A brief review of where this series has taken us so far:
- Phyllis Tickle believes we are entering the Age of the Spirit, a new era for humanity in which the Holy Spirit is more fully engaged as member of the divine trinity.
- “Spirits” are things we experience every day. People have unique spirits, as do places and organizations. We are all aware of the spiritual on some level.
So there are spirits of peace, and there are human spirits, and there spirits of disorder and chaos. And… there is also a Holy Spirit, which has sometimes also been called the “Spirit of the Lord” or the “Spirit of God.”
Christians often speak about the Holy Spirit, suggesting a uniqueness that distinguishes itself from all of the other spirits. Also, Christians have often referred to the Spirit of God using gendered pronouns. Over the centuries, it has sometimes been a feminine gender (“she”), but mostly it has been a masculine gender (“he”). Both, however, suggest that the Holy Spirit is a personality, not merely an abstract “force.”
So in the Holy Spirit, we have a “spirit” in the sense I talked about in the last post. But this Spirit is markedly different from other spirits. And those who have experienced this Spirit talk about the Spirit like they would a person.
Paul – the apostle from the New Testament – wrote a lot of very interesting things about the Holy Spirit. In fact, you could say that he and his friends were obsessed with the subject. Here is an example that some of you may have encountered recently, if you go to a church that follows the Revised Common Lectionary:
“What no eye has seen, nor ear heard,
nor the human heart conceived,
what God has prepared for those who love him”—
these things God has revealed to us through the Spirit; for the Spirit searches everything, even the depths of God. For what human being knows what is truly human except the human spirit that is within? So also no one comprehends what is truly God’s except the Spirit of God. Now we have received not the spirit of the world, but the Spirit that is from God, so that we may understand the gifts bestowed on us by God. And we speak of these things in words not taught by human wisdom but taught by the Spirit, interpreting spiritual things to those who are spiritual.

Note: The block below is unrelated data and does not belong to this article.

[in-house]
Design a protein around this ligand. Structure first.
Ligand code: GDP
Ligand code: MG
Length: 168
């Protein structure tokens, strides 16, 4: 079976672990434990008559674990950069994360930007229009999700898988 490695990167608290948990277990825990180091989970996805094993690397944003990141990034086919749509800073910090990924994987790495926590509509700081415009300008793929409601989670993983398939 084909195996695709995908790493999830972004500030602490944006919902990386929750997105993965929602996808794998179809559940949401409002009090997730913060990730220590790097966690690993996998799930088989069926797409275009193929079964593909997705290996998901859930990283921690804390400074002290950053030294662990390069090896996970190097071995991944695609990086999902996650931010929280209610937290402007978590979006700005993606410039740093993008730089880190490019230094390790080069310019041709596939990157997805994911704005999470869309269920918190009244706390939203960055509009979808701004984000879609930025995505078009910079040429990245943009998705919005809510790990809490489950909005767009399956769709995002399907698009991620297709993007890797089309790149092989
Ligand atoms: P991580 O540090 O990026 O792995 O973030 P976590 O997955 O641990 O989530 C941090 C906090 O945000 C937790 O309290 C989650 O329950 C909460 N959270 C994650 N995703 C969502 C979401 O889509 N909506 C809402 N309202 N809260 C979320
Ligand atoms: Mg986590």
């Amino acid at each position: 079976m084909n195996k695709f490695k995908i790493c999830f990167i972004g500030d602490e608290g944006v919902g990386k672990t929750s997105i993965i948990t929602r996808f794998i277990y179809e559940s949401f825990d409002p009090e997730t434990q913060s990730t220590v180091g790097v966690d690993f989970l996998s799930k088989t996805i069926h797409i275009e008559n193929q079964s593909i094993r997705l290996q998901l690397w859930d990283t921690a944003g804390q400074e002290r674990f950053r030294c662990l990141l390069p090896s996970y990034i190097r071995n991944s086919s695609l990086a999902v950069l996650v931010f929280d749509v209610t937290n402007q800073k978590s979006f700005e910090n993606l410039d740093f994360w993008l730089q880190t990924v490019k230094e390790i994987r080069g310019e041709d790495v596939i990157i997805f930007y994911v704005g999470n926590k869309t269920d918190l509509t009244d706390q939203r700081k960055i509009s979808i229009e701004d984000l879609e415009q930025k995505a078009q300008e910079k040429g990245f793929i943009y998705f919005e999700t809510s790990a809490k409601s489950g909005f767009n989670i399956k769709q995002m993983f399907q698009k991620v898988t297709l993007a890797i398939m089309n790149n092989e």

Those who are unspiritual do not receive the gifts of God’s Spirit, for they are foolishness to them, and they are unable to understand them because they are spiritually discerned. Those who are spiritual discern all things, and they are themselves subject to no one else’s scrutiny.
“For who has known the mind of the Lord so as to instruct him?”
But we have the mind of Christ.
Here, we have a description not only of the Spirit, but of what the Spirit is doing in our world. Paul believes that he and others have encountered this Spirit of God. In fact, not only have they encountered it. This same spirit also inhabits them – it has become part of them, as are their own, human spirits.
This is a remarkable claim that ought to sound as crazy to us as it no doubt did to the people in Paul’s day. Paul tells the people who receive this letter that – because they have received this Spirit of God – they are able to understand things that would otherwise seem foolish to those who have the “spirit of the world.”
Now, at this point, I think a lot of people miss something very important, and to understand what people miss here, you need to understand something about Paul and the reasons he wrote so many letters.